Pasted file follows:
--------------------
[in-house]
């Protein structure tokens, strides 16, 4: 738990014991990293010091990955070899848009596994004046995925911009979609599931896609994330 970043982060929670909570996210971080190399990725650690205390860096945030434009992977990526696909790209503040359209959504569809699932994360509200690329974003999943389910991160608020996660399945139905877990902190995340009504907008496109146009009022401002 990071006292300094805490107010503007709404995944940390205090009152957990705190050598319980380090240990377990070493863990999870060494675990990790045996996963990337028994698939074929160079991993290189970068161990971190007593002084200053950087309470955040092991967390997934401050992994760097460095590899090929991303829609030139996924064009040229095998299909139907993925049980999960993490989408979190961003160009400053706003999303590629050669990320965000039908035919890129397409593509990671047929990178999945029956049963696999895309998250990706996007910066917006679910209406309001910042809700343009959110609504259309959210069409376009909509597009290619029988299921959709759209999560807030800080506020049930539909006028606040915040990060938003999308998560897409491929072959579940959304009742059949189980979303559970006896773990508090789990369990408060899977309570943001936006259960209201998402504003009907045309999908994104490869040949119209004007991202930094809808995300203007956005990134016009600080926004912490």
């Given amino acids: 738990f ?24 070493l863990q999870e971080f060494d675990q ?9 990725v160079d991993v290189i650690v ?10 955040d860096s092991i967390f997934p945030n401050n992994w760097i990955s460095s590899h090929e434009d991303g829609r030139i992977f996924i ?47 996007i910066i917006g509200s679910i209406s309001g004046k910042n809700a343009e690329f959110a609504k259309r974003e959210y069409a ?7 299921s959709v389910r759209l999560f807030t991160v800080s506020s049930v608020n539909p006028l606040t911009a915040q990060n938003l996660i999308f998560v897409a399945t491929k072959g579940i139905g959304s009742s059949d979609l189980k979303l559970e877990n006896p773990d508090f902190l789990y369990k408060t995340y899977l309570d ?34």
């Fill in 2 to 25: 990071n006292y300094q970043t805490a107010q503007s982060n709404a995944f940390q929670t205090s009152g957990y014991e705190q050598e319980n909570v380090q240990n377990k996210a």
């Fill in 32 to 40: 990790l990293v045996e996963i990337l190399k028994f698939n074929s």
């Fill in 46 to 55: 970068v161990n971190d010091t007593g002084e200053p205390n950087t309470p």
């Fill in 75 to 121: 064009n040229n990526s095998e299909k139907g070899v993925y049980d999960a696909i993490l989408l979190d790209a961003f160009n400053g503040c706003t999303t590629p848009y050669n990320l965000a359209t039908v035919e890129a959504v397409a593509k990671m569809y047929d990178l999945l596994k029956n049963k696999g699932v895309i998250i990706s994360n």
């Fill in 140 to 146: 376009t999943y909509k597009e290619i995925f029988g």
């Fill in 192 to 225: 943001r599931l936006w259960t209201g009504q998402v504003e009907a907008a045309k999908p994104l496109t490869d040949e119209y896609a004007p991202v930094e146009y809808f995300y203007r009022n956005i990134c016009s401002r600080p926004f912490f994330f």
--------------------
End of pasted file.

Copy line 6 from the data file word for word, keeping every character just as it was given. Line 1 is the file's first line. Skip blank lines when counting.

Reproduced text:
């Fill in 46 to 55: 970068v161990n971190d010091t007593g002084e200053p205390n950087t309470p």